A similar situation already exists in today’s market. Just under half of the broadband lines in the UK are still based off slower copper ADSL based lines and that’s at least partly because they’re so cheap and not everybody sees a need for the faster services (FTTC, HFC DOCSIS, FTTP etc.), which tend to attractive a higher monthly premium.

Ofcom’s Final 2018 WLAMR Statements
https://www.ofcom.org.uk/../wholesale-local-access-market-review

https://www.ofcom.org.uk/../quality-of-service

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By Mark Jackson
Mark is a professional technology writer, IT consultant and computer engineer from Dorset (England), he also founded ISPreview in 1999 and enjoys analysing the latest telecoms and broadband developments. Find me on Twitter, , Facebook and Linkedin.
Leave a Comment
11 Responses
  1. chrisp says:

    When will they set the price of FTTP?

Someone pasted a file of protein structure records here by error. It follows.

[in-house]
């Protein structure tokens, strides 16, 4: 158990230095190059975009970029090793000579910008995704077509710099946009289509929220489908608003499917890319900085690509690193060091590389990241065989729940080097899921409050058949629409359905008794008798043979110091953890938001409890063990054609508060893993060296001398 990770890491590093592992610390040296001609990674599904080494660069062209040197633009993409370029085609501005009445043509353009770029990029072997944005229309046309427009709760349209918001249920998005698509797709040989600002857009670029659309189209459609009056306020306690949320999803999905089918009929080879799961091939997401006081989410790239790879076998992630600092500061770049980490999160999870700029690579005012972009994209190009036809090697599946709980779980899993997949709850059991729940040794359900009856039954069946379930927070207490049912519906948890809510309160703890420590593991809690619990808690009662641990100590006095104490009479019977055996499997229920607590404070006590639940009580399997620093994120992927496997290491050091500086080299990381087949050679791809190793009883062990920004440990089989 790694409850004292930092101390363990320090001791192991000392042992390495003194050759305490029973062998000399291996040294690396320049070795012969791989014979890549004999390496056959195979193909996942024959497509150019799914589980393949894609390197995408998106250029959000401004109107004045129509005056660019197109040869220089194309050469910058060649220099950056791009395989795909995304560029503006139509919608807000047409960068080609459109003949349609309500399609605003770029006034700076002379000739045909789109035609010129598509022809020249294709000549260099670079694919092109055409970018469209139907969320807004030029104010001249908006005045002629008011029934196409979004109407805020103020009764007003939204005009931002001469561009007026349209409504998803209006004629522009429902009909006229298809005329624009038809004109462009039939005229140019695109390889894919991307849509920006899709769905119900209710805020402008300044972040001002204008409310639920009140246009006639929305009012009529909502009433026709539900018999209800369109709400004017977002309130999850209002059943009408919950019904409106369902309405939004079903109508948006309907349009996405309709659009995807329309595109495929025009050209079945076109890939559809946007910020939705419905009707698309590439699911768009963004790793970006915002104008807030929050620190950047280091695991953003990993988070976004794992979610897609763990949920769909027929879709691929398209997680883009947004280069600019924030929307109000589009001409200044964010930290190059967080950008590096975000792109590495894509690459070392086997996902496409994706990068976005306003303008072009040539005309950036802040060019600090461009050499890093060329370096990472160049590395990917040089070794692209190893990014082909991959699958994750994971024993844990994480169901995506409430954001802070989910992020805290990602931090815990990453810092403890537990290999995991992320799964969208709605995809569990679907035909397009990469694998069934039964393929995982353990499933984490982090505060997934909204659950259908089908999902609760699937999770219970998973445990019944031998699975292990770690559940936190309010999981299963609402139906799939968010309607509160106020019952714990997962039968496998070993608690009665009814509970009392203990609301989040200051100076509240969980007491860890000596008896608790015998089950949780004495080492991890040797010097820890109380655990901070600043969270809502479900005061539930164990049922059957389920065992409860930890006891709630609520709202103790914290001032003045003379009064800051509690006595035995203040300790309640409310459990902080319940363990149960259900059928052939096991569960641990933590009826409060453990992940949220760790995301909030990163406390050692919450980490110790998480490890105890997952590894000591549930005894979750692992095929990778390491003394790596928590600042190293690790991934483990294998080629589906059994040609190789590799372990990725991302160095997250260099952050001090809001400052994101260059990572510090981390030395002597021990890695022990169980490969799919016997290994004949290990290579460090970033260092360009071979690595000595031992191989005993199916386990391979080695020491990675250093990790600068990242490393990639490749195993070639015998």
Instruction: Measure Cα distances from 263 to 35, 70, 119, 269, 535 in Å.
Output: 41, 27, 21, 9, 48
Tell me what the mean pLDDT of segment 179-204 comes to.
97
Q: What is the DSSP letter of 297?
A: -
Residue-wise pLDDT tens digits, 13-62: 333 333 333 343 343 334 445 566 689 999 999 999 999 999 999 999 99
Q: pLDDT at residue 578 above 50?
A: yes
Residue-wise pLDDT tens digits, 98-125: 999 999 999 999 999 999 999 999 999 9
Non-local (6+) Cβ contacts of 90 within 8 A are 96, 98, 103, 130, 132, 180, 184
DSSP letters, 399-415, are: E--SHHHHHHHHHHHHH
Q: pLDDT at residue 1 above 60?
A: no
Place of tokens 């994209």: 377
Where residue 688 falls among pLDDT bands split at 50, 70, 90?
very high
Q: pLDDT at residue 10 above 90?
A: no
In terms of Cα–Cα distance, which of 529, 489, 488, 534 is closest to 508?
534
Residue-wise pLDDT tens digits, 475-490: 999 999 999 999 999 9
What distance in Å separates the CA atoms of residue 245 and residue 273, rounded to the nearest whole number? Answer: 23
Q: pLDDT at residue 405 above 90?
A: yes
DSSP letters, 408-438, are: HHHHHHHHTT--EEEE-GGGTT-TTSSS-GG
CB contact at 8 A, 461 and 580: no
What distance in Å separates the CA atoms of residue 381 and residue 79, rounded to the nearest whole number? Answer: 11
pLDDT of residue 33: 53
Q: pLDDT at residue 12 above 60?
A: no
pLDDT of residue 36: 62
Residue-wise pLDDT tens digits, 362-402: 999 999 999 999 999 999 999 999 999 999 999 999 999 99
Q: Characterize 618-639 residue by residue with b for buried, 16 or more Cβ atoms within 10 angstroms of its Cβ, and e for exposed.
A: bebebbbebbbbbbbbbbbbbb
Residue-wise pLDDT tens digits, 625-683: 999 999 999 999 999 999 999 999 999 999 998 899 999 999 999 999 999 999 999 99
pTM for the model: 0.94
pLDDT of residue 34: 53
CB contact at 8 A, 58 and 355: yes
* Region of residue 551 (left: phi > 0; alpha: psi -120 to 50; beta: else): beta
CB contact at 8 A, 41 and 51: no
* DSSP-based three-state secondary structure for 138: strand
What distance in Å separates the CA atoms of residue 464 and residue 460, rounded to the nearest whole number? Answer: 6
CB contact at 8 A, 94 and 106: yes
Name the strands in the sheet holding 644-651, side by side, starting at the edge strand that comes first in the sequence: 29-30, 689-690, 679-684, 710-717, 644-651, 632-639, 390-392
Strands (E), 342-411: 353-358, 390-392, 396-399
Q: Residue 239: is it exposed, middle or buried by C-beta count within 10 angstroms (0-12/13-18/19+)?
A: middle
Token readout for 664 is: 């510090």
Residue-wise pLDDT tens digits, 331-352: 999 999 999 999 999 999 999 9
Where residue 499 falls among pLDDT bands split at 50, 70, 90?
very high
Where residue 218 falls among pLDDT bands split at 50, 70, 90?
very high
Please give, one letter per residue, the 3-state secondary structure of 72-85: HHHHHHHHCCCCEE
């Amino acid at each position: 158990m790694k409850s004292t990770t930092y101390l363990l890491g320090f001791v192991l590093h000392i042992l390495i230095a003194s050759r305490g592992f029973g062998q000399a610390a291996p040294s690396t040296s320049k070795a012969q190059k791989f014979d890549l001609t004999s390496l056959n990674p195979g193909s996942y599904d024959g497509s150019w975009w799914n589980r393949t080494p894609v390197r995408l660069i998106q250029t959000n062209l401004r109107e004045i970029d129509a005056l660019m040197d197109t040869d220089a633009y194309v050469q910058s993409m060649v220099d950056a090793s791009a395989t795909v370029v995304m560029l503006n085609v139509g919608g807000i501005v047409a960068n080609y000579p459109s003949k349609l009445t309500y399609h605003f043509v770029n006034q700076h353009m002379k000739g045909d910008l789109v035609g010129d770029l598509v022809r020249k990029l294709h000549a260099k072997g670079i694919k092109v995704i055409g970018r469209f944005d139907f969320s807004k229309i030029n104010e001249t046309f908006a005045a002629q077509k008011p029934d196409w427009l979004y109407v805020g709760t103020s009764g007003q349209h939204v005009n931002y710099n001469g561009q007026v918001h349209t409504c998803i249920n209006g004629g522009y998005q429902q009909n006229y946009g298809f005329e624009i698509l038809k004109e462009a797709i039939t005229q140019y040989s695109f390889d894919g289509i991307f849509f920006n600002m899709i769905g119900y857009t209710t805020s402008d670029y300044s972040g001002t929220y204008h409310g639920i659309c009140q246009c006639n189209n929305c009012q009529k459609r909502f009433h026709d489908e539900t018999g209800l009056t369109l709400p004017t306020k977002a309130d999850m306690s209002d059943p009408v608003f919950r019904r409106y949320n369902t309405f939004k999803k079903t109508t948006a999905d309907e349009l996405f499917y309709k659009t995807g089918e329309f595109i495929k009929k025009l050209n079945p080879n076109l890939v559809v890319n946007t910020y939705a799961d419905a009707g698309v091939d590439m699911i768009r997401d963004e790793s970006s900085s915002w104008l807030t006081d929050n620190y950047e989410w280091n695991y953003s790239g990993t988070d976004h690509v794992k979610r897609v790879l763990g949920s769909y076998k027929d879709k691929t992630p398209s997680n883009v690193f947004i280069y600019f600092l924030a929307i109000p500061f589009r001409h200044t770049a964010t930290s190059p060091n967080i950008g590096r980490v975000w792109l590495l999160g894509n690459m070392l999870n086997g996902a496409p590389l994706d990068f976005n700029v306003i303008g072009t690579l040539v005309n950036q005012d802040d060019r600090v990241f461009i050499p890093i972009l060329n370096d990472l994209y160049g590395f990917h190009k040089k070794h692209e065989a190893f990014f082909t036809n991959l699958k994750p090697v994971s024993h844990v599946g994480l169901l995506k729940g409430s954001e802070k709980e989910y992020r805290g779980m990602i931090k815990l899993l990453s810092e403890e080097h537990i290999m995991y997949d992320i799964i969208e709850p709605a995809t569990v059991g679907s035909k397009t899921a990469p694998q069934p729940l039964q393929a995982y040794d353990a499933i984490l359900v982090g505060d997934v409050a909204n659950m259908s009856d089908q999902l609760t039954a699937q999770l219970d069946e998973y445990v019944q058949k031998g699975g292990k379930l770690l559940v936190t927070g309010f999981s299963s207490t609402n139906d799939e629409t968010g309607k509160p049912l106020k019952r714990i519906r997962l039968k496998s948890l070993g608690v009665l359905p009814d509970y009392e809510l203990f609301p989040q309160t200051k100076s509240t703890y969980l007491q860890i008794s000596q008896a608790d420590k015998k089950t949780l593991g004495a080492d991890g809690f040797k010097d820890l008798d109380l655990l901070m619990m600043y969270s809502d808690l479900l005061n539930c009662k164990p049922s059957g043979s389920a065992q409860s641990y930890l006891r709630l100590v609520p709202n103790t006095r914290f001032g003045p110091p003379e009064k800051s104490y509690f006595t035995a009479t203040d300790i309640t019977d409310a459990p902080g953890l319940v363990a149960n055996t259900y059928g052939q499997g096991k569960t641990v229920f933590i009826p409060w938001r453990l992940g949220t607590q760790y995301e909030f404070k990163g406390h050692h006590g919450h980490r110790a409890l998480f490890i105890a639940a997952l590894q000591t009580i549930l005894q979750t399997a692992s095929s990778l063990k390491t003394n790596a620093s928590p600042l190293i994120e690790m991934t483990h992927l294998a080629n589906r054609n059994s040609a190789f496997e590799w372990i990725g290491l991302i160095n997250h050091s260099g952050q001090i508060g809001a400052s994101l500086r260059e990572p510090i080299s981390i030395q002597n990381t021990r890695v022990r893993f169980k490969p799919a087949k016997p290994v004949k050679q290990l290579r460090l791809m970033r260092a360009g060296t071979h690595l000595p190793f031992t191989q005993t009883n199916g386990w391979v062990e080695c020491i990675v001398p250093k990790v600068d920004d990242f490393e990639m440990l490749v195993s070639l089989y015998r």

no doubt they’ll pitch it as not much more than FTTP and wonder why no one would be providing it.

    1. Mark Jackson says:

      FTTP and G.fast are not having their prices regulated yet since neither has developed significant market coverage. I don’t expect that to change on FTTP for a very long time and the growing competition could even make it unnecessary.

    2. Joe says:

      “I don’t expect that to change on FTTP for a very long time and the growing competition could even make it unnecessary.”

      Unnecessary perhaps but that doesn’t mean it won’t happen. Regulators just can’t help themselves. I find they idea they will resist implausible – after all if the market can function without them then they won’t need so many staff and that can’t be allowed to happen.

    3. GNewton says: